Nevada volleyball opens play in WAC event | NevadaAppeal.com

Nevada volleyball opens play in WAC event

THOMAS RANSON
Nevada Appeal News Service

RENO – The Nevada volleyball team can only hope its “new” home will be just as comforting as its old.

Because home court advantage was an issue after last season’s tournament, the Western Athletic Conference tournament switched sites from the Virginia Street Gym to the 11,784-seat Lawlor Events Center.

“Some of the more vocal conference coaches definitely think it wasn’t a fair venue,” Nevada coach Devin Scruggs said about the Virginia Street Gym. “It will seem like nobody’s there because of the size. It’s going to feel very empty.

“We have the atmosphere there we have in the Virginia Street Gym. I think it’s definitely a good change.”

After losing to Utah State over the weekend, Nevada picked up the fourth seed for the tournament while Hawai’i enters as the No. 1 team followed by Utah State and New Mexico State, respectively.

“After Saturday, it was a pretty rough night,” Scruggs said. “Any of those matches (loses to Fresno State, San Jose State, New Mexico State and Utah State on the road) would have avoided that. We just needed one more win.”

More importantly, though, a win in the first round over Idaho will put the Pack against Hawai’i in the semifinals.

Nevada takes on the Vandals at 5 p.m. today with the winner to play Friday at 6:30 p.m. Hawai’i faces the winner of the Louisiana Tech-Boise State match (9:30 a.m.) tonight at 7:30 p.m.

“They’ve come a long real strong toward the end of the season,” Scruggs said of Idaho. “It should be a good match.”

The ninth-year coach said Monday’s productive practice brightened the mood for Thursday’s match.

“I was really pleased with the way they came back and practiced today (Monday),” Scruggs said.

Nevada, which finished 7-1 at home against WAC opponents, will be playing at Lawlor Events Center, home to the men’s and women’s basketball teams, for the first time. A portable court used for volleyball tournaments throughout Reno was placed in Lawlor on Tuesday.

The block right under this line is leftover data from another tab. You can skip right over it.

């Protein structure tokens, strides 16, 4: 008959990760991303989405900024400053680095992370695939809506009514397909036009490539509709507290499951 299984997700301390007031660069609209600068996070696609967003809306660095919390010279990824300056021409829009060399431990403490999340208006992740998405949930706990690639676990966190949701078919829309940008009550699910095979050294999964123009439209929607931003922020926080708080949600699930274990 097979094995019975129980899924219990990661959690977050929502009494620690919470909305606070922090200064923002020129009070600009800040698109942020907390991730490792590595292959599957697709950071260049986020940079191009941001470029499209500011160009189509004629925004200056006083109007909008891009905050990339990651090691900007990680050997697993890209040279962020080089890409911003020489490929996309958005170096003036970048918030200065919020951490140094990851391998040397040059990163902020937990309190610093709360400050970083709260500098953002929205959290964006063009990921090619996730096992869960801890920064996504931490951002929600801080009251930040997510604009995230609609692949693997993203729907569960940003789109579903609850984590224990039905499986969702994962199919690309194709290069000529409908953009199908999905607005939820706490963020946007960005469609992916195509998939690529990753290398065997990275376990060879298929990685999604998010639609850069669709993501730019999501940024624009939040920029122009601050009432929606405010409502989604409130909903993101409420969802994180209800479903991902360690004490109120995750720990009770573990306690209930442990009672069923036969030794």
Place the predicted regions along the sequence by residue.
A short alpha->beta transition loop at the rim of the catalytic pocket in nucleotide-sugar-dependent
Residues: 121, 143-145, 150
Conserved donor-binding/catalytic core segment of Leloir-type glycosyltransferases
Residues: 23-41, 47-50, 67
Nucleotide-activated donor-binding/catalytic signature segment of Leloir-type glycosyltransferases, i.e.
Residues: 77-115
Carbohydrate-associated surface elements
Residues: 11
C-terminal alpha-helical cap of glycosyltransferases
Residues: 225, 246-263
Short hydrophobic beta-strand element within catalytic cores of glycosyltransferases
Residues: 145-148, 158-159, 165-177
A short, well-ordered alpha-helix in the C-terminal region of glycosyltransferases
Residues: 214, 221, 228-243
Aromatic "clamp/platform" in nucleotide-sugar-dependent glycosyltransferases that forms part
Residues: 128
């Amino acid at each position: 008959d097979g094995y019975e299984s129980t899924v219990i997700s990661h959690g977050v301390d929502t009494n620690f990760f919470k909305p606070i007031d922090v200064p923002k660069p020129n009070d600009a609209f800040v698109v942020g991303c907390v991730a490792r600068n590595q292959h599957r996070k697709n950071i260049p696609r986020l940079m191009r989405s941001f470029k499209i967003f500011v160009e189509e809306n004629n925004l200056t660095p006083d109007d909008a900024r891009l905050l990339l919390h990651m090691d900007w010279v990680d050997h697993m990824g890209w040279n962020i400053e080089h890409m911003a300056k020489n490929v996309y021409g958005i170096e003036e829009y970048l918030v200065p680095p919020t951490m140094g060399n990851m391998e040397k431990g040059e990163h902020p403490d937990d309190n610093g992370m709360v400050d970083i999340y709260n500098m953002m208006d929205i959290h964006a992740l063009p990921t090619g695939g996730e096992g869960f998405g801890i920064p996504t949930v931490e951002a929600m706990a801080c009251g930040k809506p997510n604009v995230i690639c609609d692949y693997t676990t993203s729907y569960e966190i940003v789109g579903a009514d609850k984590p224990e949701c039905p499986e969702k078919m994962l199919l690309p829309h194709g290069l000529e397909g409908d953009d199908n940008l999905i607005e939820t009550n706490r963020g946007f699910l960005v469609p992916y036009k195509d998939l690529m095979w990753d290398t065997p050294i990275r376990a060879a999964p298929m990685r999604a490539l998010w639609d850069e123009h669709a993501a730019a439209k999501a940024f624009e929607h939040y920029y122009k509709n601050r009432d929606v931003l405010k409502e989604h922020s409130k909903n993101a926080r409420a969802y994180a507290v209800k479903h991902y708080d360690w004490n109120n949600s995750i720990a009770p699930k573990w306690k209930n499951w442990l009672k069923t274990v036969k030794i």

Even though Nevada is playing at Lawlor, Scruggs still likes the idea of having the tourney held in Reno.

“I think we’re very excited,” she said. “Our home court advantage is lessened a little bit. It’s always nice to sleep in your own bed and do the little routines you do at home. I’m just glad we get to play home in Reno.”

Scruggs said many teams are capable of giving Hawai’i a run for the WAC title.

“San Jose State has the potential to be a spoiler,” Scruggs said. “Utah State, New Mexico State and Nevada have the best chances to go the furthest. San Jose State has been playing well.”

Scruggs, though, said her team needs to focus on Idaho before thinking of possibly playing the Rainbow Wahine.

“We need to do that first. We have to look at Idaho first,” Scruggs said. “We do need to have a very balanced attack.”

With Hawaii’s success, Scruggs said their fan support is tremendous, and she thinks it helps with selecting Reno as the tournament site.

“Reno’s a big draw for Hawai’i,” Scruggs said. “They like to travel. They like to gamble. It’s easy to fly into. The airport’s close to the university.”

Scruggs said the probable starters for today’s game will be outside hitter Teal Ericson (6-0, So.), middle blocker Karly Sipherd (6-0, So.), middle blocker Salaia Salave’a (6-0, Sr.), setter Tristin Johnson (5-9), libero Christine Harms (5-9, Sr.), middle blocker Erika Ryan (6-1, Fr.) and outside hitter Carly Sorensen (5-10, Jr.)

Injury-wise, Scruggs said Ryan is still coping with a concussion she suffered last Tuesday against UC Davis. Ryan caught Sipherd’s elbow in the face while going up for a kill against the Aggies.

“Right now, we should be okay,” Scruggs said about the team’s health.

The WAC title game is slated for 5 p.m. on Saturday and will be televised on College Sports Television (CSTV Charter cable 411).

Tickets can be purchased at the door or online at http://www.tickets.com. Tickets cost $10 a game for adults and $6 for senior citizens, children and students. All-session passes, which include eight matches, are available for $34 for adults and $19 for senior citizens, children and students.

“I just hope people will come out and spend Thanksgiving with Nevada volleyball,” Scruggs said.